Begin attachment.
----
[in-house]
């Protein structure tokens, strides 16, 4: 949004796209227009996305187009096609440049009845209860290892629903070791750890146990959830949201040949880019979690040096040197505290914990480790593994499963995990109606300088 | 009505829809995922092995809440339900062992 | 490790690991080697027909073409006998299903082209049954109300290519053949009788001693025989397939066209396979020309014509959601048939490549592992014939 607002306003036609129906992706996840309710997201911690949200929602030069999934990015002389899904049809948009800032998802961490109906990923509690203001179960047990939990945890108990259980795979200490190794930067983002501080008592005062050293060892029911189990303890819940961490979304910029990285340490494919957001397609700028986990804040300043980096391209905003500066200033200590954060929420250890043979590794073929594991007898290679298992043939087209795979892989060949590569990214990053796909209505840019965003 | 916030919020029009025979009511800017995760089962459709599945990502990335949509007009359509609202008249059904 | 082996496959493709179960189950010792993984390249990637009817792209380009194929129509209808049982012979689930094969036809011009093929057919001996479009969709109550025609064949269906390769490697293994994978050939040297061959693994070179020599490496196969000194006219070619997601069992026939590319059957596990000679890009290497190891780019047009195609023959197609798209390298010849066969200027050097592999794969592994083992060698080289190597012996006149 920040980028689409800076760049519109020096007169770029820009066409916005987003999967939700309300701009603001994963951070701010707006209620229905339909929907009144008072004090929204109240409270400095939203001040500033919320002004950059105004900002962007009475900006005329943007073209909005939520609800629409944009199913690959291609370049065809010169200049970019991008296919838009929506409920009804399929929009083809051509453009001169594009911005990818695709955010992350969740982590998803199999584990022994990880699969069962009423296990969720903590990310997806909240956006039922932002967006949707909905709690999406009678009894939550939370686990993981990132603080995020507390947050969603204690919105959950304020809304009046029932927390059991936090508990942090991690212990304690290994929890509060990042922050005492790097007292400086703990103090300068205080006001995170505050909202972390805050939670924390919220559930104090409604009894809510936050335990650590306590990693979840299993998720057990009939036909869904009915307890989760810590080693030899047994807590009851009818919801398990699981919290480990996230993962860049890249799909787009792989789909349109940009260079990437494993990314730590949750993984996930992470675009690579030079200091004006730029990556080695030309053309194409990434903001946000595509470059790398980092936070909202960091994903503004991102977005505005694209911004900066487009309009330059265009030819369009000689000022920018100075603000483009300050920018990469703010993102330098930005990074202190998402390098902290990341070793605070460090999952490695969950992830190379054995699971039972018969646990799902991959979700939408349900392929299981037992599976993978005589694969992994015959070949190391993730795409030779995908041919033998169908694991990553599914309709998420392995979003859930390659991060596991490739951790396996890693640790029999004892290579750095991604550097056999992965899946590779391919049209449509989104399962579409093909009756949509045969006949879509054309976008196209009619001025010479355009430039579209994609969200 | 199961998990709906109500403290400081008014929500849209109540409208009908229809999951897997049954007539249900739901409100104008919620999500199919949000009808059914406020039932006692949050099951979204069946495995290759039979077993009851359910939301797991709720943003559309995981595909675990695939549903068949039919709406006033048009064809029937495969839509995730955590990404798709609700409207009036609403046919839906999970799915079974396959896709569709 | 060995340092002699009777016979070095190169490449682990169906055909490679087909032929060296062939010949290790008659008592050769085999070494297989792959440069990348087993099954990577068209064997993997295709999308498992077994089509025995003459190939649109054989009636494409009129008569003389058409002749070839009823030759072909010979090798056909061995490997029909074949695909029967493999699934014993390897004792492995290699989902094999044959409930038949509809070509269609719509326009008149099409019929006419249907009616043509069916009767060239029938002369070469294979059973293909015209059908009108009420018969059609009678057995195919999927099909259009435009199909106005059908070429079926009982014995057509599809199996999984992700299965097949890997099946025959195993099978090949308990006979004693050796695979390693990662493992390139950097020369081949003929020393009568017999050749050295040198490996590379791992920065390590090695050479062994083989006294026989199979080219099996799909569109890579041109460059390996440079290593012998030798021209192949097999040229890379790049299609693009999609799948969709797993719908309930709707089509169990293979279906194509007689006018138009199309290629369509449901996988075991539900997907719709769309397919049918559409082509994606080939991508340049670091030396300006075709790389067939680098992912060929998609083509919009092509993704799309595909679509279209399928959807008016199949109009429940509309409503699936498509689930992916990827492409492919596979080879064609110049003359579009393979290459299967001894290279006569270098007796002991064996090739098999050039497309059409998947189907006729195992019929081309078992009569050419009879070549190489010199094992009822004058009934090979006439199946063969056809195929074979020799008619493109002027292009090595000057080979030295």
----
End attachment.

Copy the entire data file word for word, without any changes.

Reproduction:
[in-house]
């Protein structure tokens, strides 16, 4: 949004796209227009996305187009096609440049009845209860290892629903070791750890146990959830949201040949880019979690040096040197505290914990480790593994499963995990109606300088 | 009505829809995922092995809440339900062992 | 490790690991080697027909073409006998299903082209049954109300290519053949009788001693025989397939066209396979020309014509959601048939490549592992014939 607002306003036609129906992706996840309710997201911690949200929602030069999934990015002389899904049809948009800032998802961490109906990923509690203001179960047990939990945890108990259980795979200490190794930067983002501080008592005062050293060892029911189990303890819940961490979304910029990285340490494919957001397609700028986990804040300043980096391209905003500066200033200590954060929420250890043979590794073929594991007898290679298992043939087209795979892989060949590569990214990053796909209505840019965003 | 916030919020029009025979009511800017995760089962459709599945990502990335949509007009359509609202008249059904 | 082996496959493709179960189950010792993984390249990637009817792209380009194929129509209808049982012979689930094969036809011009093929057919001996479009969709109550025609064949269906390769490697293994994978050939040297061959693994070179020599490496196969000194006219070619997601069992026939590319059957596990000679890009290497190891780019047009195609023959197609798209390298010849066969200027050097592999794969592994083992060698080289190597012996006149 920040980028689409800076760049519109020096007169770029820009066409916005987003999967939700309300701009603001994963951070701010707006209620229905339909929907009144008072004090929204109240409270400095939203001040500033919320002004950059105004900002962007009475900006005329943007073209909005939520609800629409944009199913690959291609370049065809010169200049970019991008296919838009929506409920009804399929929009083809051509453009001169594009911005990818695709955010992350969740982590998803199999584990022994990880699969069962009423296990969720903590990310997806909240956006039922932002967006949707909905709690999406009678009894939550939370686990993981990132603080995020507390947050969603204690919105959950304020809304009046029932927390059991936090508990942090991690212990304690290994929890509060990042922050005492790097007292400086703990103090300068205080006001995170505050909202972390805050939670924390919220559930104090409604009894809510936050335990650590306590990693979840299993998720057990009939036909869904009915307890989760810590080693030899047994807590009851009818919801398990699981919290480990996230993962860049890249799909787009792989789909349109940009260079990437494993990314730590949750993984996930992470675009690579030079200091004006730029990556080695030309053309194409990434903001946000595509470059790398980092936070909202960091994903503004991102977005505005694209911004900066487009309009330059265009030819369009000689000022920018100075603000483009300050920018990469703010993102330098930005990074202190998402390098902290990341070793605070460090999952490695969950992830190379054995699971039972018969646990799902991959979700939408349900392929299981037992599976993978005589694969992994015959070949190391993730795409030779995908041919033998169908694991990553599914309709998420392995979003859930390659991060596991490739951790396996890693640790029999004892290579750095991604550097056999992965899946590779391919049209449509989104399962579409093909009756949509045969006949879509054309976008196209009619001025010479355009430039579209994609969200 | 199961998990709906109500403290400081008014929500849209109540409208009908229809999951897997049954007539249900739901409100104008919620999500199919949000009808059914406020039932006692949050099951979204069946495995290759039979077993009851359910939301797991709720943003559309995981595909675990695939549903068949039919709406006033048009064809029937495969839509995730955590990404798709609700409207009036609403046919839906999970799915079974396959896709569709 | 060995340092002699009777016979070095190169490449682990169906055909490679087909032929060296062939010949290790008659008592050769085999070494297989792959440069990348087993099954990577068209064997993997295709999308498992077994089509025995003459190939649109054989009636494409009129008569003389058409002749070839009823030759072909010979090798056909061995490997029909074949695909029967493999699934014993390897004792492995290699989902094999044959409930038949509809070509269609719509326009008149099409019929006419249907009616043509069916009767060239029938002369070469294979059973293909015209059908009108009420018969059609009678057995195919999927099909259009435009199909106005059908070429079926009982014995057509599809199996999984992700299965097949890997099946025959195993099978090949308990006979004693050796695979390693990662493992390139950097020369081949003929020393009568017999050749050295040198490996590379791992920065390590090695050479062994083989006294026989199979080219099996799909569109890579041109460059390996440079290593012998030798021209192949097999040229890379790049299609693009999609799948969709797993719908309930709707089509169990293979279906194509007689006018138009199309290629369509449901996988075991539900997907719709769309397919049918559409082509994606080939991508340049670091030396300006075709790389067939680098992912060929998609083509919009092509993704799309595909679509279209399928959807008016199949109009429940509309409503699936498509689930992916990827492409492919596979080879064609110049003359579009393979290459299967001894290279006569270098007796002991064996090739098999050039497309059409998947189907006729195992019929081309078992009569050419009879070549190489010199094992009822004058009934090979006439199946063969056809195929074979020799008619493109002027292009090595000057080979030295």